A newly proposed Russian law could result in potential 15-year prison sentences for individuals who slander or defame participants of the so-called special military operation against Ukraine.
The State Duma, Russia's lower house of parliament, on Tuesday approved an amendment that makes citizens liable "for the dissemination of knowingly false information" about volunteer soldiers.
"All those who today [are] risking their lives, ensure the security of the country and citizens, are protected from provocations and lies," said Duma Chairman Vyacheslav Volodin on Telegram.
Previous laws in place were restricted to punishing the "discrediting" or "dissemination of falsehoods" regarding members of the military, reported German media outlet Deutsche Welle (DW), with the new amendment increasing prison sentences from three to five years, and from five to seven years, in cases of "repeated discrediting."
Volodin said the law, which must still be approved by the upper house of parliament before possibly being signed by Russian President Vladimir Putin, harkens back to the 1980s and 1990s when "officers in uniform tried not to be in public places" due to a lack of protections.
"This was done by the authorities, who did not think about their soldiers defending it and the country, carrying out tasks and orders," Volodin said.
It also stems from a request made by paramilitary Wagner Group founder Yevgeny Prigozhin. In January, he asked Volodin and the Duma to make laws more stringent and punishments more extreme.
Prigozhin wrote in a letter to Volodin that media and bloggers were unfairly portraying his recruited convicts as "villains and criminals." Volodin pledged to Prigozhin that amendments could be voted on as soon as March 14.
However, a caveat in Prigozhin's letter was those harsher laws "should not extend to highest command staff of volunteer detachments, including the Wagner PMC [private military company]," and the highest command staff of the Russian Ministry of Defense "since this is necessary to ensure transparency and responsibility for the exercise of their powers."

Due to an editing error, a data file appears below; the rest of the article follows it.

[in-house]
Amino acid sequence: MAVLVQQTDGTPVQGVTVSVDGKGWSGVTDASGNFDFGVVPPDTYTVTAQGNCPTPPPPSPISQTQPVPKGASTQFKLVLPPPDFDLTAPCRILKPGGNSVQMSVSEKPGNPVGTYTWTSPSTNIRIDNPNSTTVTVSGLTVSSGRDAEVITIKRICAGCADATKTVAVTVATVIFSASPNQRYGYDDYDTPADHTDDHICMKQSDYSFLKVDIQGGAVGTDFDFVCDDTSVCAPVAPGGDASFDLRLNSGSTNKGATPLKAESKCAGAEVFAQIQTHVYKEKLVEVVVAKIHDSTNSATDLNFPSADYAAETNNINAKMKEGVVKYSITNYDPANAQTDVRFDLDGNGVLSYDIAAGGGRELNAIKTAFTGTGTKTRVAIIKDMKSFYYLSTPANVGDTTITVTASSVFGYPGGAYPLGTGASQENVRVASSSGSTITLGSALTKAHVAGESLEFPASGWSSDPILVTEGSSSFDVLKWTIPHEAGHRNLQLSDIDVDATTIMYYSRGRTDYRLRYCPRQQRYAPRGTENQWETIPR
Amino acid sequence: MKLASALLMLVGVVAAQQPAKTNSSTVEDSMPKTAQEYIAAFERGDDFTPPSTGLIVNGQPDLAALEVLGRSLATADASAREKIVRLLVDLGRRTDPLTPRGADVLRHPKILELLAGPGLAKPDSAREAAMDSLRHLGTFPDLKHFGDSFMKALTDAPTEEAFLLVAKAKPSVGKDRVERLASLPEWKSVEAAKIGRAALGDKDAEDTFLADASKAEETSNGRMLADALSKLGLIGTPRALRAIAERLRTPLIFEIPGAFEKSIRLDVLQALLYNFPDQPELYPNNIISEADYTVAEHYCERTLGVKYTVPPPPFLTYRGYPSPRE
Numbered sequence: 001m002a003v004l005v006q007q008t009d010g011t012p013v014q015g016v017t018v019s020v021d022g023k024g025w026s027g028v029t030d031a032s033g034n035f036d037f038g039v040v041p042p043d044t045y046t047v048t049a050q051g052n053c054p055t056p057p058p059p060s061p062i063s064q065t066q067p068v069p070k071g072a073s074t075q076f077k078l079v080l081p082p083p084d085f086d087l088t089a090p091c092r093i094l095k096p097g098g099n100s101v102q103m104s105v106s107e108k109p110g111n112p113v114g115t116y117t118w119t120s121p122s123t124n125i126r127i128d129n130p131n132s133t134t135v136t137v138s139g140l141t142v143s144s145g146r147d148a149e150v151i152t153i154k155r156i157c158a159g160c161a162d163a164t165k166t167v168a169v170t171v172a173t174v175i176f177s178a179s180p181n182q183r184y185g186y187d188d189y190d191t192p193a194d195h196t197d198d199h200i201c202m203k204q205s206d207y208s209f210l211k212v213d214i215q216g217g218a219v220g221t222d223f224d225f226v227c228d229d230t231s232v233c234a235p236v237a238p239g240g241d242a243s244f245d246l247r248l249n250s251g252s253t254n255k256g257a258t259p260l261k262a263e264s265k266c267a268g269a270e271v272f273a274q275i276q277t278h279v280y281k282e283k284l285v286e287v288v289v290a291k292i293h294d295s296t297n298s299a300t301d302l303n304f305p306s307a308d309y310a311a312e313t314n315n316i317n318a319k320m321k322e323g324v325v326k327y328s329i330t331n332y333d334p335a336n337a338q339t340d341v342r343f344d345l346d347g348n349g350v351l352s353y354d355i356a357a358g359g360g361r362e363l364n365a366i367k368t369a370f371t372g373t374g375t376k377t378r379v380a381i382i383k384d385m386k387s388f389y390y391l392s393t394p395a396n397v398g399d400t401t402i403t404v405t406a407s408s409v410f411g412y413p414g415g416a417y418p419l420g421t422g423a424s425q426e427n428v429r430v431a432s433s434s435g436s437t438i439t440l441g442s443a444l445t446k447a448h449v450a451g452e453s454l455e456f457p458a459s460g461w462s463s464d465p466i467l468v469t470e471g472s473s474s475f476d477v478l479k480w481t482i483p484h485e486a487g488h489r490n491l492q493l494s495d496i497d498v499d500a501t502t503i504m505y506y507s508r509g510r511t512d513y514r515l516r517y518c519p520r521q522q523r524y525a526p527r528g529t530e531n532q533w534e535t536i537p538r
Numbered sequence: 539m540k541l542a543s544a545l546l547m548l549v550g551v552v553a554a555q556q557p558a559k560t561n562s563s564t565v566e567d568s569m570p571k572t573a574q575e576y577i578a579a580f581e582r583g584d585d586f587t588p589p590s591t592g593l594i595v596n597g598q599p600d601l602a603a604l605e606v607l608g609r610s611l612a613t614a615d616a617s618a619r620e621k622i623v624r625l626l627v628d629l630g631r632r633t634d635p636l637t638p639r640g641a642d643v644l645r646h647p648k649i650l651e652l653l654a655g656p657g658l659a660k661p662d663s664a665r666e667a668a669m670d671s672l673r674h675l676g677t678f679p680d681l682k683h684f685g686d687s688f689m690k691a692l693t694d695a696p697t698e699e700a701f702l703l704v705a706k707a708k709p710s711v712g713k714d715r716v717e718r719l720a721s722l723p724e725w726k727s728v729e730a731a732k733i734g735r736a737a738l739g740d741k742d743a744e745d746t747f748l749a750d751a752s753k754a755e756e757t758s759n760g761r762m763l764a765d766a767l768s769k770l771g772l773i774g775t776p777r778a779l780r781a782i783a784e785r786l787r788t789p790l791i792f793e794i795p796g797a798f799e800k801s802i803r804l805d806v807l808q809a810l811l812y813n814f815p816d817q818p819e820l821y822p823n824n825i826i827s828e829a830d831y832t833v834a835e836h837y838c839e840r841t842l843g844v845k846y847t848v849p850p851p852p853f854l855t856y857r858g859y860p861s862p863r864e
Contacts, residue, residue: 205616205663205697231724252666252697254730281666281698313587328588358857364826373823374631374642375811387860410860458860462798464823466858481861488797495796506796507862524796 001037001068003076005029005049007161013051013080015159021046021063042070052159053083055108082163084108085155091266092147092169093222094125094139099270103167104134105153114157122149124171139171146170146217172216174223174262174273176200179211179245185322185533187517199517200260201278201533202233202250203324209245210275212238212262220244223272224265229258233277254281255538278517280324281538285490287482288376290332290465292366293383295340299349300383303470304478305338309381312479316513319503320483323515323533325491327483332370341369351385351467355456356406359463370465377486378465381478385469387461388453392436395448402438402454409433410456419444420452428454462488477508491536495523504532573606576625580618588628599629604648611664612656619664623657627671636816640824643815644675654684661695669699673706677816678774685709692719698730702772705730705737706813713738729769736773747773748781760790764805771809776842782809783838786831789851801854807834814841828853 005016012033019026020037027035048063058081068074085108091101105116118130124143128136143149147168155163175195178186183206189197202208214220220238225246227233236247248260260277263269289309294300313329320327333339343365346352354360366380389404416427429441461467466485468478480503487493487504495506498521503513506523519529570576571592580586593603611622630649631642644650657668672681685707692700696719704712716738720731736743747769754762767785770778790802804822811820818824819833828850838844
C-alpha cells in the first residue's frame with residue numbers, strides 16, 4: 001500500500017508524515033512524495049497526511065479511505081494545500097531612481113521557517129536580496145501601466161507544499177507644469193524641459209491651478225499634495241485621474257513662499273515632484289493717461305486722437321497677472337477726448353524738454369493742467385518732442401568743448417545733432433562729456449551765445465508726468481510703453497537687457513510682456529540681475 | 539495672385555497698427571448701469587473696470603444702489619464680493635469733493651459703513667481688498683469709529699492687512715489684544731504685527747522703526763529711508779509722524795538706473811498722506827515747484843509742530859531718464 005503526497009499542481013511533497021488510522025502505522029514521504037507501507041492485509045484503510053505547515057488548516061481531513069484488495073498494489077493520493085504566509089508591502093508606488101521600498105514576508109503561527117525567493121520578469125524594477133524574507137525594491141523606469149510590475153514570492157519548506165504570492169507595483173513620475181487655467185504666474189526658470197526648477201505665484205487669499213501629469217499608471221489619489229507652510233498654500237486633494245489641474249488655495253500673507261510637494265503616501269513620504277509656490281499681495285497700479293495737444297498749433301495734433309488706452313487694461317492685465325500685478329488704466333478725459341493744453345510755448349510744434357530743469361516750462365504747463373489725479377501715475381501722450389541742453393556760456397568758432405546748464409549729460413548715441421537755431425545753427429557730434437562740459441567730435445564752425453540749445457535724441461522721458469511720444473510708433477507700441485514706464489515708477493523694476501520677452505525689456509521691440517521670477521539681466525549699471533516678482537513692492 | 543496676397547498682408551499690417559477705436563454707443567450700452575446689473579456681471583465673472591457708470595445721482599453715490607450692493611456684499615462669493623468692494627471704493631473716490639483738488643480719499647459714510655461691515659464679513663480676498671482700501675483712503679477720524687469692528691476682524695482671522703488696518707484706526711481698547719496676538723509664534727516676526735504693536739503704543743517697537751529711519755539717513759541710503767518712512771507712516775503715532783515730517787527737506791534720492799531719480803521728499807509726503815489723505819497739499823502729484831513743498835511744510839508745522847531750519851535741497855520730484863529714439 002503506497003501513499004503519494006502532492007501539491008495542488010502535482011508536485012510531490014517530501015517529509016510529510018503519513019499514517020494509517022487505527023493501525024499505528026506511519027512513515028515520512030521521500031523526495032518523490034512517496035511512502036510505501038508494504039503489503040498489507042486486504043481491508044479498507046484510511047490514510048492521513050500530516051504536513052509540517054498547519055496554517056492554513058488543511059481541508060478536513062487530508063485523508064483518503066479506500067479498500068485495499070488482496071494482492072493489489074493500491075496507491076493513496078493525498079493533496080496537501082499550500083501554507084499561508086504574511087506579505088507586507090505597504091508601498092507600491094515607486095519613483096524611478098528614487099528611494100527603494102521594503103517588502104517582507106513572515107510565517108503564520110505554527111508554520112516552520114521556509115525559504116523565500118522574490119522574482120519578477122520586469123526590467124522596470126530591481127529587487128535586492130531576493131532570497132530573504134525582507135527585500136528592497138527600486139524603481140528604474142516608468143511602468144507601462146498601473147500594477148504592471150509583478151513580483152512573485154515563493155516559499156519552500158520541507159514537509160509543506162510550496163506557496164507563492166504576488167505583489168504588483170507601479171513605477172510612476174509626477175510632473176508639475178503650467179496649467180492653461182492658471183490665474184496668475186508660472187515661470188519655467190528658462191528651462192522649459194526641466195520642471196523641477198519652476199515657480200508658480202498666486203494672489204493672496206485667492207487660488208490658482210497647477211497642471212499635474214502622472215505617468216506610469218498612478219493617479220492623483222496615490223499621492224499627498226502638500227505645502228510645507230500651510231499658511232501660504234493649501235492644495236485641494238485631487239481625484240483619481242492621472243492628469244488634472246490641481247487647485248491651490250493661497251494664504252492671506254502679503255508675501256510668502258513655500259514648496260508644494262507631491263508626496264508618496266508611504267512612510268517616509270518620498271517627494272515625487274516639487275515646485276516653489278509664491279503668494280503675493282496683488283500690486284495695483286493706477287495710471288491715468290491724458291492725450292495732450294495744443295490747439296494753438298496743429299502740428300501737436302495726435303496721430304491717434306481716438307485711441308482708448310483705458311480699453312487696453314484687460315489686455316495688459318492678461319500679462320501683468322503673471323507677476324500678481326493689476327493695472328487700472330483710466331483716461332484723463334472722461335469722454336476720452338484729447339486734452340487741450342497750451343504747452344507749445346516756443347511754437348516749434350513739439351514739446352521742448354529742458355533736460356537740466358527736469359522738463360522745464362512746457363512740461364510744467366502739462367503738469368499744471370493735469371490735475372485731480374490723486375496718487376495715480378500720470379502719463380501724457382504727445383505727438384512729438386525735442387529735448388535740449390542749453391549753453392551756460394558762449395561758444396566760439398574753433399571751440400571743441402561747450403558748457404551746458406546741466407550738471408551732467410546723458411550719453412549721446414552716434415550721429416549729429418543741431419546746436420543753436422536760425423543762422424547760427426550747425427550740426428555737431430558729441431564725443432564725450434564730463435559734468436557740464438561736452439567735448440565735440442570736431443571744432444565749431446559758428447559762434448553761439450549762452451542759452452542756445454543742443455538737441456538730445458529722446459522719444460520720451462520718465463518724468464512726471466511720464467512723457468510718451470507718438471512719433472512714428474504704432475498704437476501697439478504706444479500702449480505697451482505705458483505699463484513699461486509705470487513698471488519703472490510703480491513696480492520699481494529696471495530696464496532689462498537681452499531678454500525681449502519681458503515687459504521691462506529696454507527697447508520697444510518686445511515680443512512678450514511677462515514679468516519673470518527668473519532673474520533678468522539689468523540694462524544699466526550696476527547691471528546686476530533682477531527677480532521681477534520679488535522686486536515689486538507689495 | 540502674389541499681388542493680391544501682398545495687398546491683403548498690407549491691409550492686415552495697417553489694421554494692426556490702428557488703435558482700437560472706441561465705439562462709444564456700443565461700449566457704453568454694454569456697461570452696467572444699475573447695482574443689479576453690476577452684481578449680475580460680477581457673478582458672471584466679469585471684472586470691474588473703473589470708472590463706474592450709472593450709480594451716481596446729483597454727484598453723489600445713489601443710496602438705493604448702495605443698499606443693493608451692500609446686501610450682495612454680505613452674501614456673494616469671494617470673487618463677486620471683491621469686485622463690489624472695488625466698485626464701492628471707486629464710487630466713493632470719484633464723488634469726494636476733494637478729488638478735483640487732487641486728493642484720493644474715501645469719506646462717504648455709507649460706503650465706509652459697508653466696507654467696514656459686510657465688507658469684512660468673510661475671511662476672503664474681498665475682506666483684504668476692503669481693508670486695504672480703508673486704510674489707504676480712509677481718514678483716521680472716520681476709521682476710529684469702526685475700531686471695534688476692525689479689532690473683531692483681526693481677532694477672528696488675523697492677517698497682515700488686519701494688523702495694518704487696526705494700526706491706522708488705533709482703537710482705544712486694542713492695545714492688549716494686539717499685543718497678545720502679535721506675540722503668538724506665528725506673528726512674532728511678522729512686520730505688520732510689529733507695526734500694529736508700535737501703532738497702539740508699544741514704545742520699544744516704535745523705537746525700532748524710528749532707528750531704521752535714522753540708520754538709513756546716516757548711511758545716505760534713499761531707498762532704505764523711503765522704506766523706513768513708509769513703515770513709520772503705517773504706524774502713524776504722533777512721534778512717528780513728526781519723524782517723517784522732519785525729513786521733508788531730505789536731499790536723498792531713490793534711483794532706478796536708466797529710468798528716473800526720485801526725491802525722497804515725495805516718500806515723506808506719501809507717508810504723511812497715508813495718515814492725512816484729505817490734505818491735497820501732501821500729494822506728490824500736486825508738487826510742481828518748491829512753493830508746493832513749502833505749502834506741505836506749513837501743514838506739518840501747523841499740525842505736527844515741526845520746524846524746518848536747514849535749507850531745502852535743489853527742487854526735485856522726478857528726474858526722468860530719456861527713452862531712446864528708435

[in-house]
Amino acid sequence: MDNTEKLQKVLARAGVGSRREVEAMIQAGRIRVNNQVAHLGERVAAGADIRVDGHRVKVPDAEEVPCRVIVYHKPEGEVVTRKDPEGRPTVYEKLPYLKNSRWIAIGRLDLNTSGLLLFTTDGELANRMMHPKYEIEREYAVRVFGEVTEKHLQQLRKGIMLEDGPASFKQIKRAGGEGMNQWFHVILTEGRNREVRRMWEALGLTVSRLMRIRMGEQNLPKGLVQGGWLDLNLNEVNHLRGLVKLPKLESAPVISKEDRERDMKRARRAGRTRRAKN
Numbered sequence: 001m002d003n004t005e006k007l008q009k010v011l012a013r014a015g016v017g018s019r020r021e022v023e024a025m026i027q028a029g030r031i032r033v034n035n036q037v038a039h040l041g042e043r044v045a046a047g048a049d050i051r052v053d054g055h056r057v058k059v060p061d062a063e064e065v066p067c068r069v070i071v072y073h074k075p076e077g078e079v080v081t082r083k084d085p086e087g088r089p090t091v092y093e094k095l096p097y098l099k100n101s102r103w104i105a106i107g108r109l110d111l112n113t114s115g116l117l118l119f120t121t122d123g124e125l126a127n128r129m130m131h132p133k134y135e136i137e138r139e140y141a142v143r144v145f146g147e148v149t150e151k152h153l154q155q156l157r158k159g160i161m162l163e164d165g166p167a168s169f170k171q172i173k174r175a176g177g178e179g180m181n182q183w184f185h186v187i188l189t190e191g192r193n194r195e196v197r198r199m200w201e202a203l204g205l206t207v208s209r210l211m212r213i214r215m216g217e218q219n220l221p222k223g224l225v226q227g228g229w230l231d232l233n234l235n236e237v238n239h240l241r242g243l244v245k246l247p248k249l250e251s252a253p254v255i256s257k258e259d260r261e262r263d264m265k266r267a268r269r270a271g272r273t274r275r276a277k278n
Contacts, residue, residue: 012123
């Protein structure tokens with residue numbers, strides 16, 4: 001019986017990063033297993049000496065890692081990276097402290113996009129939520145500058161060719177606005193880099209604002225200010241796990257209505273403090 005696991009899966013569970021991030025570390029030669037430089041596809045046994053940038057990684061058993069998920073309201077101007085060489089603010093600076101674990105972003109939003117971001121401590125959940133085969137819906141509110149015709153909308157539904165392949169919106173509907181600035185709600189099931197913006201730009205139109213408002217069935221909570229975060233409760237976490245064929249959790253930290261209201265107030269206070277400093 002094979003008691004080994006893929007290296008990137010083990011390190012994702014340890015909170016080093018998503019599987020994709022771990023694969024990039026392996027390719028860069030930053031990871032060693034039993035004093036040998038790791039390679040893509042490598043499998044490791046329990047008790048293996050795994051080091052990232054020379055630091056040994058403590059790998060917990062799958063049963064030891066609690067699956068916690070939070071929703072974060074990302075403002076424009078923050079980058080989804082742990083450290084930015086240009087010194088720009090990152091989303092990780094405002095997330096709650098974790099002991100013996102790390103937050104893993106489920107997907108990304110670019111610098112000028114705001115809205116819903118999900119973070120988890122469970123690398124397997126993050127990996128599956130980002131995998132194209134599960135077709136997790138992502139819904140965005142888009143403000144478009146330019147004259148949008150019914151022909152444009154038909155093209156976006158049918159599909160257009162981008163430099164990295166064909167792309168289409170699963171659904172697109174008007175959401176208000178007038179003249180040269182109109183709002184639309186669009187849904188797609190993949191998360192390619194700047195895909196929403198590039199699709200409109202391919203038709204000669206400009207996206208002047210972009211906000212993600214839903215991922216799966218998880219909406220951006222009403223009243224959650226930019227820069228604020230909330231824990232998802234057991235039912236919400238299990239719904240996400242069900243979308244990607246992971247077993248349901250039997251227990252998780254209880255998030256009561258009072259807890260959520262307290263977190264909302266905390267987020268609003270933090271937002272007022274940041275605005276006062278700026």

Prigozhin and his group of mercenaries have been very active in some of the war's bloodiest battles, notably in Bakhmut. Yet they have also clashed with the Russian Armed Forces on a multitude of occasions, notably due to public appeals made through videos and social media regarding ammunition shortages.
The wealthy financier has also not been timid when it comes to denouncing the performance of some of Russia's top military officials, which has reportedly led to a rift between him and his former close ally, Putin.
As recently as last Thursday, Prigozhin took to Telegram to claim that the Kremlin cut him off from all Russian government communication channels.
"Today is the moment of truth," Volodin said upon the passage of the amendment. "You and I must think about the soldiers and officers who are in the trenches today, who will come tomorrow, about the volunteers who will go there."
"Today, every soldier and officer, regardless of whether he is in the armed formations [or] volunteers, must understand lies and slander against him will be punished, and they are protected by law," he added.
Newsweek reached out to the Duma press office for comment.